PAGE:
BTW, there is a book from the 1750s that lists 37 separate plots and several more subplots that have been found from the time of Aristotle (found it while I was working on my thesis).

    1. Come, gather round, you sailor boys, and listen to my plea,
      When you’ve heard my tale, you’ll pity me,
      For I was a god-damned fool in the port of Liverpool,
      On the first time that I came home from sea.
      I was paid off at the Home, from the port of Sierr’ Leon’,
      Four-pound-ten a month was all my pay,
      And it jingled in my tin, till I was taken in,
      By a girl with the name of Maggie May.

      Oh Maggie, Maggie May they have taken her away
      To slave upon Van Diemen’s cruel shore.
      For she robbed so many sailors, and captains of the whalers
      But she’ll never stroll down Paradise Street no more.

      When I first met Maggie May, she took my breath away
      She was cruising up and down old Canning Place,
      She was dressed in a gown so fine, like a frigate of the line,
      So, me being a sailor, I gave chase.
      She gave me a saucy nod, and me, like a farmer’s clod,
      Let her take me line abreast in tow,
      And under all plain sail, we ran before the gale
      And to the Crow’s Nest Tavern we did go

      Oh Maggie, Maggie May they have taken her away
      To slave upon Van Diemen’s cruel shore.
      For she robbed so many sailors, and captains of the whalers
      But she’ll never stroll down Paradise Street no more.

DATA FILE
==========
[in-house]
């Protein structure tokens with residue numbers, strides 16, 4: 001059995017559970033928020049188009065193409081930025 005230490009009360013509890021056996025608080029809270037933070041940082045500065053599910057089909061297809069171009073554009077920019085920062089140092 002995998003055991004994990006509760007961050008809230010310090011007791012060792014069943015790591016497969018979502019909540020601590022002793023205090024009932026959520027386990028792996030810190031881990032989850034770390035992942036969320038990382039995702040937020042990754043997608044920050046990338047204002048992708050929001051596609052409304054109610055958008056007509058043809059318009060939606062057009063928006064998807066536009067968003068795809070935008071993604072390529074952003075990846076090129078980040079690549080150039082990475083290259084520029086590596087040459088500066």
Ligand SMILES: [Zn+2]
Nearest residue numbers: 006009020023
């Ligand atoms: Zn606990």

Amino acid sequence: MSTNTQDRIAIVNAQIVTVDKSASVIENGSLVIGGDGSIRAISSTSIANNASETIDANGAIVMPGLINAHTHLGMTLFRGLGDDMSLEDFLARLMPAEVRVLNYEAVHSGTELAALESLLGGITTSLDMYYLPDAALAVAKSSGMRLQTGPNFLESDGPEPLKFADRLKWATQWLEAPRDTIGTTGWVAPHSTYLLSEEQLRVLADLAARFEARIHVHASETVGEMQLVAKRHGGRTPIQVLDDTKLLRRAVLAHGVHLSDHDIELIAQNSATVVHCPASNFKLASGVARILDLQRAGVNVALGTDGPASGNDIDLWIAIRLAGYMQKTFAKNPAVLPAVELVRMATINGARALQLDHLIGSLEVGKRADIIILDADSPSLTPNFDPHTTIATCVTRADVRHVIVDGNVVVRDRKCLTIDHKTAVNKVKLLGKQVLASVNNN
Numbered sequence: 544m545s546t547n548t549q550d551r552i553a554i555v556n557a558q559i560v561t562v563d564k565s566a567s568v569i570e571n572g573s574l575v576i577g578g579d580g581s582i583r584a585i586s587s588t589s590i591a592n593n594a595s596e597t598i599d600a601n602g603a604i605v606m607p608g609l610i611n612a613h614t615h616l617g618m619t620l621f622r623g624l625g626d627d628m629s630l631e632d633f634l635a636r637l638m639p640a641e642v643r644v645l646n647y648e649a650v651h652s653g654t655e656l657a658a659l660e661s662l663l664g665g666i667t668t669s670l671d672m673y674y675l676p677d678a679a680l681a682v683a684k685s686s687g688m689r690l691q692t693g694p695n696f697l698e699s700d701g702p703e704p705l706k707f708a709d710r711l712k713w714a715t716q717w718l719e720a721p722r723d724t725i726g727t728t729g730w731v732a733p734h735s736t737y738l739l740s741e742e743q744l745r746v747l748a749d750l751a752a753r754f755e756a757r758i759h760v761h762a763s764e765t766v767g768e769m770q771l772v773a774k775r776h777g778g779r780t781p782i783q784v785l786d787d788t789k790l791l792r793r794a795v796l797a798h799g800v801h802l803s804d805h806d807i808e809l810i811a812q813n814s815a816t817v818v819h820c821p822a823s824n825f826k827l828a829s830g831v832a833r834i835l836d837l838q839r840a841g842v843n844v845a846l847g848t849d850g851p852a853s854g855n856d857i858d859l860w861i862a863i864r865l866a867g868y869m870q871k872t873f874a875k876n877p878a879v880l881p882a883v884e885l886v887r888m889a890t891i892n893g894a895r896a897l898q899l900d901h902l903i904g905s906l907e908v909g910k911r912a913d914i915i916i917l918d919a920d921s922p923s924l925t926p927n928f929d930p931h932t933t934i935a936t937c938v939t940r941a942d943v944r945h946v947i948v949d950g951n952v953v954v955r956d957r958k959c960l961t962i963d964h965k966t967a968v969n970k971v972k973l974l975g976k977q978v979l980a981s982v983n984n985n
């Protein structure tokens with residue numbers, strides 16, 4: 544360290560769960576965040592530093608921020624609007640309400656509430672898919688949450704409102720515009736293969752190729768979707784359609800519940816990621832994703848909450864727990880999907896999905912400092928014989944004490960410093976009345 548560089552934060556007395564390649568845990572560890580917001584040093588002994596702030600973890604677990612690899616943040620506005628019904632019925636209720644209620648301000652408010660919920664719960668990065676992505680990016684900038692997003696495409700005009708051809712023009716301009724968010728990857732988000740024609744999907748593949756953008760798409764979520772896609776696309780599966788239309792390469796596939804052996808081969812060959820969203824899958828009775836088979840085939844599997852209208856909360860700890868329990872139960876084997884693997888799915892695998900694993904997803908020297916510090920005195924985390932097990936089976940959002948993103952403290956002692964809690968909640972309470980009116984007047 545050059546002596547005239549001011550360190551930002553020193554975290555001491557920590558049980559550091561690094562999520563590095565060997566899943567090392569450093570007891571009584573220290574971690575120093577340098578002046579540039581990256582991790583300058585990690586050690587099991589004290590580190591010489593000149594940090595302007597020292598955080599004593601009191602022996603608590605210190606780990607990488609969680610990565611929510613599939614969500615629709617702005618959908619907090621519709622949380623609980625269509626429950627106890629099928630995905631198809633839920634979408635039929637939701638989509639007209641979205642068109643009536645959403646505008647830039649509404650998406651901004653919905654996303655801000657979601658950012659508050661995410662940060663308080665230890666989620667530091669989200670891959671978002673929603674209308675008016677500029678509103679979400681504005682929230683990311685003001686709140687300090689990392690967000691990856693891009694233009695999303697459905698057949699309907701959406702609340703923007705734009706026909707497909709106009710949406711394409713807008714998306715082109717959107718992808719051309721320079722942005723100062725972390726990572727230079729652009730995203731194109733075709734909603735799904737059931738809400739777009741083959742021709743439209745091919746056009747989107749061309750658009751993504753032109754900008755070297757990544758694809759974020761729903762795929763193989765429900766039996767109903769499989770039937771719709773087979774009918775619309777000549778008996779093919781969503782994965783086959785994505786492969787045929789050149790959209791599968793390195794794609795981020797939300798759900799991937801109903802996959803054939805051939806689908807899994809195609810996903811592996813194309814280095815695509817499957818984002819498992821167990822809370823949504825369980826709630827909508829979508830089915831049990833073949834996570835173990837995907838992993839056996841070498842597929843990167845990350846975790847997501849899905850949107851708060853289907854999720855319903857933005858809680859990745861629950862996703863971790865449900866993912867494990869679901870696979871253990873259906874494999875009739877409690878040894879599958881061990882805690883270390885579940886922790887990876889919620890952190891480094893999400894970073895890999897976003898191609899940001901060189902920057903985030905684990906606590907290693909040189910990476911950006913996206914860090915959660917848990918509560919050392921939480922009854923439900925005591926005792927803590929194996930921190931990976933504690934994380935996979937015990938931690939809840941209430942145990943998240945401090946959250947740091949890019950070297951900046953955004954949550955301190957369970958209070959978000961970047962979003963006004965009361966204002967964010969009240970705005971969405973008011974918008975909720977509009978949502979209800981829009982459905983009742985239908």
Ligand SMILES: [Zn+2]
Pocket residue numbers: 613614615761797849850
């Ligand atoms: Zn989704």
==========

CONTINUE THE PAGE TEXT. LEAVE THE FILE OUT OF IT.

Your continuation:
In the morning when I woke, I found that I was broke,
      I hadn’t got a penny to my name,
      So I had to pawn my suit, and my John L’s and my boots,
      Down in the Park Lane pawnshop number nine.
      Oh you thieving Maggie May, you robbed me of my pay,
      When I spent last night with you ashore.
      And the judge he guilty found her, of robbing a homeward-bounder,
      But she’ll never stroll down Paradise Street no more.

      Oh Maggie, Maggie May they have taken her away
      To slave upon Van Diemen’s cruel shore.
      For she robbed so many sailors, and captains of the whalers
      But she’ll never stroll down Paradise Street no more.

      She was chained and sent away from Liverpool one day,
      The lads they cheered as she sailed down the bay,
      Oh, and every sailor lad, he only was too glad
      That they’d sent the old girl off to Botany Bay.

      Oh Maggie, Maggie May they have taken her away

      To slave upon Van Diemen’s cruel shore.
      For she robbed so many sailors, and captains of the whalers
      But she’ll never stroll down Paradise Street no more.

    2. The mention of Clockwork Orange will always immediately give me the image of the guy strapped down, with his eyes pried open by clamps, forced to watch movies while they doused his eyes with saline. Freaky!

      1. Freedom and free enterprise – all conceivable, unalienable, natural and God-given rights.

        “Each” needs to get a job!

    1. PCS, wasn’t L4D originally and for the longest time Annie? I seem to remember the entity but I can’t place the name – a liberal nurse with a son in the military as I recall – was that she? That would explain her sudden and persisting disappearance. It’s as if the posts are the same – only the names have changed.